By Amos Staff
“The Open Door” is a one-act play written by Alfred Sutro (1863-1933). It was first published by Samuel French as “A Duologue in One Act” in 1912 and then in Sutro’s collection Five Little Plays by Brentano in 1922. It was performed on Broadway in New York in 1930 and is now in the public domain.
The role of Sir Geoffrey Transom is read by Todd Clevenger.
The role of Lady Gertrude Torminster is read by Michelle Railey.
The scene: 2 a.m. A fine July night. In a drawing room in Lord Jack Torminster’s cottage by the sea.
Listen to or download the play here:
1.) This episode of Quarantine Theatre involved some day drinking. So, please be gentle when listening and criticizing. Also? Only one of the actors involved wanted to do accents and she was overruled. Due to alcohol, we decided no accents were better than partial accents. Please pretend all dialogue is occurring in upper-class British English of the early 20th century.
1a.) Did we mention this episode of Quarantine Theatre involved some cocktails? So a couple times iPhone noises came through while recording and, frankly, we were too spent to edit them out. So, like, be a sport and ignore those.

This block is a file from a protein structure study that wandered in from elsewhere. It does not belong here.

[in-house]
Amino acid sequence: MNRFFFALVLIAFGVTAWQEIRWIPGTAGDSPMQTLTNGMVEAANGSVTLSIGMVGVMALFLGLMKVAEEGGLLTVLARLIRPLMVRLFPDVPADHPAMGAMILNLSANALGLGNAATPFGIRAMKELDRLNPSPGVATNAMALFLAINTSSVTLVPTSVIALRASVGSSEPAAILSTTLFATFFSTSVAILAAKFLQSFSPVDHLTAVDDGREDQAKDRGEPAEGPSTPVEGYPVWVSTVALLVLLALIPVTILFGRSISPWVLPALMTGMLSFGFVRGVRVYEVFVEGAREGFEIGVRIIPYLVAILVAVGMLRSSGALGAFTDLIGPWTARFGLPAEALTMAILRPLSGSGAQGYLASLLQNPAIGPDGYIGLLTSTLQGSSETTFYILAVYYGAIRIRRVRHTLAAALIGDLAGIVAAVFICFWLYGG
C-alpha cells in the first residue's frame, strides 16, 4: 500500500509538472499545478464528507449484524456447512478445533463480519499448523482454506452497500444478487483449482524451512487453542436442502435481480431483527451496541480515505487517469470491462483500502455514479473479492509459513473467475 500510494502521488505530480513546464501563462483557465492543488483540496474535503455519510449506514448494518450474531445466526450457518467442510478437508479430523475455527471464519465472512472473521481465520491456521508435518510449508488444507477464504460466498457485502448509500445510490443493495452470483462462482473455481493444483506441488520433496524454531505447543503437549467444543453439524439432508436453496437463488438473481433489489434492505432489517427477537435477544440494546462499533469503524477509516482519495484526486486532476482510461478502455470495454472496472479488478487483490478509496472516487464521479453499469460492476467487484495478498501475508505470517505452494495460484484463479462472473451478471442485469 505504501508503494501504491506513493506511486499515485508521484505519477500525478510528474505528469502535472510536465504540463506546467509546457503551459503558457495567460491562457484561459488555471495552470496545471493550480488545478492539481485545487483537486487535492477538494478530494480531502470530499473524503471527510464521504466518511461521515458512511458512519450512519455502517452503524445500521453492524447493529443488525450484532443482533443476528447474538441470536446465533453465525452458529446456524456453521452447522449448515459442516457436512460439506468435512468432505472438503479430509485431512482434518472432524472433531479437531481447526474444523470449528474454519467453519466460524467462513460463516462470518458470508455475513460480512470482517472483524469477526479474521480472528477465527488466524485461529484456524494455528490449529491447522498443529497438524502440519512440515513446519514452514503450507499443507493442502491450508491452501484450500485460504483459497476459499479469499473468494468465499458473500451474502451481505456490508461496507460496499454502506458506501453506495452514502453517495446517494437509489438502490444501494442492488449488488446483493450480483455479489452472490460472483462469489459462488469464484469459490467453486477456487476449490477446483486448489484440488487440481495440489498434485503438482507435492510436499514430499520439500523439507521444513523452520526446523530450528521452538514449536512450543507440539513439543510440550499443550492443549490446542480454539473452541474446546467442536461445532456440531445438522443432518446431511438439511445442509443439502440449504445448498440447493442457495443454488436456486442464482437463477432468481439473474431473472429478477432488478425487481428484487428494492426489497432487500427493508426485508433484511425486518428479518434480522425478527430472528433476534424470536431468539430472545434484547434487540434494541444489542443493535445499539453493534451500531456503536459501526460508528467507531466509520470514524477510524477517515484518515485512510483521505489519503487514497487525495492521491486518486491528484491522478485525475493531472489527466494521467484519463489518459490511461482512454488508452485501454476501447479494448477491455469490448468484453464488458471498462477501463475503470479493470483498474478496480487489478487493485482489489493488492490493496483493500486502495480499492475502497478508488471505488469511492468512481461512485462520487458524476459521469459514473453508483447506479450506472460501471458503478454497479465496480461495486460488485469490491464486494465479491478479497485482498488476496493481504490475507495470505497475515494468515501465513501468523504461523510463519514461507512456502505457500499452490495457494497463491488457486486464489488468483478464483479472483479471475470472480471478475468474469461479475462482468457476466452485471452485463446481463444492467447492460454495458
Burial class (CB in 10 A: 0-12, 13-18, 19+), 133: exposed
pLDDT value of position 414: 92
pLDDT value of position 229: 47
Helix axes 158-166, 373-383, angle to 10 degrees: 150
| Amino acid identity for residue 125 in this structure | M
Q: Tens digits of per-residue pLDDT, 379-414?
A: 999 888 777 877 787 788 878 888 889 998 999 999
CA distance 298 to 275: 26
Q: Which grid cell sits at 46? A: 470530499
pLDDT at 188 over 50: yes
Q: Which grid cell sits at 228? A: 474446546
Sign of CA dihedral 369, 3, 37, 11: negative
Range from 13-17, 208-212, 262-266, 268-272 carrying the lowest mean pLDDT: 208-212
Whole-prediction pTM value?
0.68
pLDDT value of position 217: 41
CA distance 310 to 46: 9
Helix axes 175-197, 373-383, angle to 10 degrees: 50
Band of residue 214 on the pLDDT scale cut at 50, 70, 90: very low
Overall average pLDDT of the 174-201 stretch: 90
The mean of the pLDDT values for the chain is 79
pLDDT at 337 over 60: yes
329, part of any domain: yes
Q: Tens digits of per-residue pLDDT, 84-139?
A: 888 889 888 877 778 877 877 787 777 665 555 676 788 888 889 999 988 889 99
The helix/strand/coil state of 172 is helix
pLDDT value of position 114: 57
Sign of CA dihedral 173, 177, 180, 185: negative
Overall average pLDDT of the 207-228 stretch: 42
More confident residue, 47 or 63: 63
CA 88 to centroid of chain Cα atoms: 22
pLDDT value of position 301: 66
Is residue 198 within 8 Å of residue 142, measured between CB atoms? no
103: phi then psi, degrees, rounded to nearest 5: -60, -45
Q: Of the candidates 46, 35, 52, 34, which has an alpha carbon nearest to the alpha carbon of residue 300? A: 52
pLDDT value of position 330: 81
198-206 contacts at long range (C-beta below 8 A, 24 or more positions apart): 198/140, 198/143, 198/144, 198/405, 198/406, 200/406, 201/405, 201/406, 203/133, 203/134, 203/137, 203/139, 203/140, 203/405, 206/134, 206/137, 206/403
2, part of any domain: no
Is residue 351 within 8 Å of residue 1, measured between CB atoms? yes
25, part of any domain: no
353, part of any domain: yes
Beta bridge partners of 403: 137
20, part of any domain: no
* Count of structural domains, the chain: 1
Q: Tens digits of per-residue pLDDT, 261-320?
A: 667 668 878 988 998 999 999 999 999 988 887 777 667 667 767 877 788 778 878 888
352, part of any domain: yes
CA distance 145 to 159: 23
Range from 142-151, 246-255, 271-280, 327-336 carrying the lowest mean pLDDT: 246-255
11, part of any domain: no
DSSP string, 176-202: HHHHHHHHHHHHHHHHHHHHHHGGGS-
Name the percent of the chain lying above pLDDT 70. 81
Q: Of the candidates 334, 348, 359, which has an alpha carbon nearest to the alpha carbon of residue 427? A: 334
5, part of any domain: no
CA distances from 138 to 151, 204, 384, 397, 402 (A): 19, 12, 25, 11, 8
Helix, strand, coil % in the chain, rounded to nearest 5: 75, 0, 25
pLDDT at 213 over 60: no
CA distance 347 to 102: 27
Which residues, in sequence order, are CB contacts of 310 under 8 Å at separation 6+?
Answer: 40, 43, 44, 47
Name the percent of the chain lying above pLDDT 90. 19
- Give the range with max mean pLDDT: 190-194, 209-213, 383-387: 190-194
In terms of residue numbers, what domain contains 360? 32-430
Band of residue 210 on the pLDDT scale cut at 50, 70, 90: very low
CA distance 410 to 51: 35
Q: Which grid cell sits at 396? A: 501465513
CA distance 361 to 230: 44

2.) We’ve abridged two lines of this play because the 1920s were occasionally quite politically incorrect.
3.) There are no tigers in the Andes. Tigers originate on the Asian continent. The Andes are not and have never been on the Asian continent. (Pro tip: the Andes are in South America. There are no tigers there. Except occasionally in zoos. But they were imported.)
4.) We just want to point out that this little script contains a couple lines that are actually, we think, quite killer:
“There is one law in the universe –– NOW.”
“Never re-light a cigarette –– it’s like digging up the past.”
6.) You can find the text for this play at one-act-plays.com and Project Gutenberg.
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Stay healthy. Wash your hands.